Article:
Plastic crisis: Large firms resist global rules - Report | Page 2 | Sunday Observer

Plastic crisis: Large firms resist global rules - Report

23 January, 2022

Pollution from plastics is a global emergency in need of a robust UN treaty, according to a report.

The Environmental Investigation Agency (EIA) says there’s a cascade of evidence of harm from plastics. It argues that the plastic pollution threat is almost equivalent to climate change.

The air we breathe now contains plastic micro particles, there’s plastic in Arctic snow, plastic in soils and plastic in our food. It’s reported, for instance, that about 20 elephants in Thailand have died after eating plastic waste from a rubbish dump.

The authors urge nations to agree a UN treaty with binding targets toreduce both plastic production and waste.

“There is a deadly ticking clock counting swiftly down,” said the EIA’s Tom Gammage. “If this tidal wave of pollution continues unchecked, the anticipated plastics in the seas by 2040 could exceed the collective weight of all fish in the ocean.”

The United Nations has identified three existential environmental threats - climate change, biodiversity loss and pollution - and concluded that they must be addressed together.

Multilateral agreements on biodiversity loss and climate have existed for nearly 30 years (although they have failed to halt CO2 emissions or protect the natural world). The idea of a dedicated plastics treaty has been opposed by some nations in recent years.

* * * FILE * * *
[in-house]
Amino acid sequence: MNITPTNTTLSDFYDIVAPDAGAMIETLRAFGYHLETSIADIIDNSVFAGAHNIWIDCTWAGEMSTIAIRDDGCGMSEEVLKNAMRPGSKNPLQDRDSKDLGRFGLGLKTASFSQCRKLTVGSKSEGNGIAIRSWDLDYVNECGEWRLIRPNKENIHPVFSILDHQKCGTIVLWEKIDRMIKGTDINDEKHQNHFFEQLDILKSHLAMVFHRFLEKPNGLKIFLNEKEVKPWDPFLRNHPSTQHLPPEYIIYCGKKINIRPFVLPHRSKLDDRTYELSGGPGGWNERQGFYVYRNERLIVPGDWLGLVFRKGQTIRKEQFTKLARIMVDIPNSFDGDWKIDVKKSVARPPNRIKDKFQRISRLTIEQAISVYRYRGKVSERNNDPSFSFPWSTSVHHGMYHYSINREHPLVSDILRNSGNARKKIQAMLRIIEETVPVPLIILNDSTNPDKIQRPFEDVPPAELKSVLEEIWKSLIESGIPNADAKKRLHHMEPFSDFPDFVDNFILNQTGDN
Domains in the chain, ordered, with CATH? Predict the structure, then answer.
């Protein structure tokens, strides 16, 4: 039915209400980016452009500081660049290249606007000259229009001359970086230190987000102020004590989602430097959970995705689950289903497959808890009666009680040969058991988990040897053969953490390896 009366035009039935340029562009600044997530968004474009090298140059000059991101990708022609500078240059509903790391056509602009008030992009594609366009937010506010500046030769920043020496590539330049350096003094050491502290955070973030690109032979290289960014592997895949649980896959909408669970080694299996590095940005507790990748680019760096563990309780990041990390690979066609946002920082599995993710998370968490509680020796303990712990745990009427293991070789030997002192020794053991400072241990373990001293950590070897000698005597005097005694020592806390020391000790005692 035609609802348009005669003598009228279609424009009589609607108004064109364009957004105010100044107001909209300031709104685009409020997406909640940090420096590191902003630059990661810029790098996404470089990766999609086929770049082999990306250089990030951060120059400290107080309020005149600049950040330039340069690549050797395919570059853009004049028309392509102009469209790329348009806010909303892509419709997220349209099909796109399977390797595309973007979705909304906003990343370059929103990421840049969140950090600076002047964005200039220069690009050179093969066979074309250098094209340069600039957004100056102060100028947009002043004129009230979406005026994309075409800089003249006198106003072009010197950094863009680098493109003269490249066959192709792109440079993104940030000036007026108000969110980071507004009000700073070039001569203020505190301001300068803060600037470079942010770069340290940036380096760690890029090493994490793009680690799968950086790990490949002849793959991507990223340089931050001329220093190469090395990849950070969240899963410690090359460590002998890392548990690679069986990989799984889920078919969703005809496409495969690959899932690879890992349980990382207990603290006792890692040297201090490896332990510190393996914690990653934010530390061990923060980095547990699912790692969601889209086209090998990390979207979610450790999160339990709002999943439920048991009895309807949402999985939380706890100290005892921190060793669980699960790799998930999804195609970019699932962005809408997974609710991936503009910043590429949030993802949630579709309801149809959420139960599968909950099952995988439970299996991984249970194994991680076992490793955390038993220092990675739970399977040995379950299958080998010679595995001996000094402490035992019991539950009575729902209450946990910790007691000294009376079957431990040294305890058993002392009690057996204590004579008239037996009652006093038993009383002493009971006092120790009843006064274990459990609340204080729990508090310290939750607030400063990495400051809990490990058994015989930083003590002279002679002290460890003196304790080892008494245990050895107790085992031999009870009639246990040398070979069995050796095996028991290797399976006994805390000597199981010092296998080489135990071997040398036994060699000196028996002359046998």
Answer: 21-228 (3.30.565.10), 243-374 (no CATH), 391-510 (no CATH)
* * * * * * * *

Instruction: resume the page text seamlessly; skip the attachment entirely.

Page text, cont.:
But over 100 countries, including the UK, are said to favour a treaty being proposed at the next UN Environment Assembly in February and March.

Sources say outright opposition is weakening, although there’s a dispute as to how strict the treaty should be, and whether it should be legally binding or voluntary.

US President Joe Biden has said that the US now supports a global agreement, previously resisted by former President Donald Trump.

It’s not clear, though, whether he can win approval from Congress, as most plastics are made from oil and gas - and they’re both produced in the US.

Japan is said to be trying to diminish the ambition of the treaty. The Arab Gulf states and China have been silent so far. China produces most “virgin plastic”, although the US and UK are said to be the biggest producers of waste per person.

Launching the EIA report, Gammage said, “The visible nature of plastic pollution has generated huge public concern but the vast majority of plastic pollution impacts are invisible.

“The damage done by rampant overproduction of virgin plastics and their lifecycle is irreversible - this is a threat to human civilisation and the planet’s basic ability to maintain a habitable environment.

It’s becoming almost as serious as the threat from climate change.”

Prof. Richard Thompson from Plymouth University, an authority on plastics, told BBC News a UN treaty should focus on the full life-cycle analysis of plastics.

He said, “The underlying cause of the problem is rooted in unsustainable levels of production and consumption.

“Advocating policies that merely promote the use of plastics that are ‘recyclable’ won’t be effective unless there’s a local infrastructure to collect, separate, and viably recycle those plastics.

“Polices to promote the use of ‘compostable’ plastics will only be effective if there is appropriate local infrastructure to handle that waste stream,” the professor said. - BBC